Happy Thanksgiving from GGB; Newsletter Returns December 4

Investors Riding a Rollercoaster in Macau

Has all the current upside of Macau’s red-hot casino market been priced into the shares of its six operators? JP Morgan’s Kenneth Fong thinks so, and his view sent their stocks tumbling earlier this month.

Shares of Macau’s casino concessionaires have been on a rough ride this month in the wake of a JP Morgan Chase report suggesting that valuations may have topped out given the current state of the market.

In a note to investors, Hong Kong-based analyst Kenneth Fong said the market has already priced in a “significant growth” assumption from the resorts under development on Cotai, while labor shortages and gaming-table allocations may add risks.

He expects the gaming revenue growth to slow to 17 percent this year. It  grew almost 19 percent last year to surpass US$45 billion, a result that has been a factor in prompting analysts to factor in more aggressive growth assumptions than may be warranted, in Fong’s view.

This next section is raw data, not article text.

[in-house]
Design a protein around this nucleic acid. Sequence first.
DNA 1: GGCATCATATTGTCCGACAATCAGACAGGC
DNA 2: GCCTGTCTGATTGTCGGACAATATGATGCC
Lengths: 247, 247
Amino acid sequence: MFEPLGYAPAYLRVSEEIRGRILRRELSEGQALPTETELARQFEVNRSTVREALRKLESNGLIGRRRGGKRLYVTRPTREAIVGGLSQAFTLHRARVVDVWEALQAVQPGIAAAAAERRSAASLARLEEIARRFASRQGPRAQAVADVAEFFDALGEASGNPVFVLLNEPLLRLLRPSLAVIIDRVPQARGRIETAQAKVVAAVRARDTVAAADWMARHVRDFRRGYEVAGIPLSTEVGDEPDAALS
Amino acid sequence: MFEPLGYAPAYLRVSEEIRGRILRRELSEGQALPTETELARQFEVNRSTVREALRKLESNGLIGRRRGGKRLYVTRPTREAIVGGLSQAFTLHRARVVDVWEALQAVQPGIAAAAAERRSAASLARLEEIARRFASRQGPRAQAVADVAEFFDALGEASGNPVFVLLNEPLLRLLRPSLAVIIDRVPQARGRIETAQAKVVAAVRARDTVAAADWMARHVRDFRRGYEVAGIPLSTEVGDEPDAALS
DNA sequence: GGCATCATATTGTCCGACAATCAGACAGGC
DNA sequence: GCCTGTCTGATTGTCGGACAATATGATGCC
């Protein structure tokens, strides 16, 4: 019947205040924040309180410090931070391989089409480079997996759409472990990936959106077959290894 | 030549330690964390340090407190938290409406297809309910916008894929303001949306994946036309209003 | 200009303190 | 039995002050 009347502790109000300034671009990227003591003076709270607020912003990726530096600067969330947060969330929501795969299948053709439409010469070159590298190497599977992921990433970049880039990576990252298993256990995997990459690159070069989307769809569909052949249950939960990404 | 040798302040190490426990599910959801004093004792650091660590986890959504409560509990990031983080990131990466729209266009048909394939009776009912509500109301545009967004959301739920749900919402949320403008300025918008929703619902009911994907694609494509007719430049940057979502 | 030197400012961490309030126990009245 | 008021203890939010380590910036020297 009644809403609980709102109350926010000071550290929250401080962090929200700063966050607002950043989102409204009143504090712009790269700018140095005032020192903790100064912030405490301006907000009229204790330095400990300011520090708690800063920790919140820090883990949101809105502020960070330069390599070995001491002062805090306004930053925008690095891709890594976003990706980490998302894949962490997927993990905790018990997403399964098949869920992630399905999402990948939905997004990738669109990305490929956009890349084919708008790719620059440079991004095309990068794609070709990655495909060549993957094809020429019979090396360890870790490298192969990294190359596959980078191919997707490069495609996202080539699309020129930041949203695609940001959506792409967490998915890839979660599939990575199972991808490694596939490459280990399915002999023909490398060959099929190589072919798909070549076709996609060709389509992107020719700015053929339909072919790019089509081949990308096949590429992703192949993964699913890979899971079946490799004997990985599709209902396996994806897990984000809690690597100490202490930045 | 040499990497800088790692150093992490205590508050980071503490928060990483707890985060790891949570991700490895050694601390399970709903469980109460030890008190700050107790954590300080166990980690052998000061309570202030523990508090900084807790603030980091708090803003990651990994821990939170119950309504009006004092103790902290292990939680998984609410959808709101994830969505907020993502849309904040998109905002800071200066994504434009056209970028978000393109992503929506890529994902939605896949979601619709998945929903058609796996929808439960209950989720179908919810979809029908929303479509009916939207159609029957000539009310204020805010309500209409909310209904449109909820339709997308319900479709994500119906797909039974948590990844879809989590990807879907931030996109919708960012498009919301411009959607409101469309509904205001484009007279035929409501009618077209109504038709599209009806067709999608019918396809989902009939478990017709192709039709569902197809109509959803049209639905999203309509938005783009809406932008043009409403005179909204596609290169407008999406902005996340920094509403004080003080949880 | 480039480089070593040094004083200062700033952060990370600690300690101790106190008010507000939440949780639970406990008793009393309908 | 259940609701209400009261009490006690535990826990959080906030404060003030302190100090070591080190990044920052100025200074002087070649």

“Valuations are approaching a fair point,” he wrote, concluding that “the sector is at risk of entering a period where there is more room for downside rather than upside surprise.”

The report sent MGM China Holdings to its biggest drop after Fong cut its rating to “neutral” and recommended investors reduce their holdings in its competitors as well. Galaxy Entertainment Group fell 5.5 percent in the aftermath of the report, Sands China and SJM Holdings dropped 4.1 percent and 2.7 percent, respectively, Wynn was down 2.2 percent, Melco Crown dipped 3.8 percent.

Wells Fargo Securities analyst Cameron McKnight said he believes the macroeconomic environment in China “remains generally supportive of growth” but added that credit expanded in December at a rate that was down 25 percent compared with December 2012 and “a continued deceleration could potentially weigh on mid-2014 results” in Macau.

McKnight had “outperform” ratings on Sands, Wynn and Melco Crown, and a “market perform” rating on MGM.

RBC Capital Markets’ John Kempf noted that gross gaming revenue through mid-January was up about 17 percent year over year but that could slow in February, which is when most of the Chinese New Year holiday falls. Looking back at CNY 2013, mass table revenue last February was the lowest of the year.

Kempf had an “outperform” rating on Sands, Wynn, MGM and Melco Crown.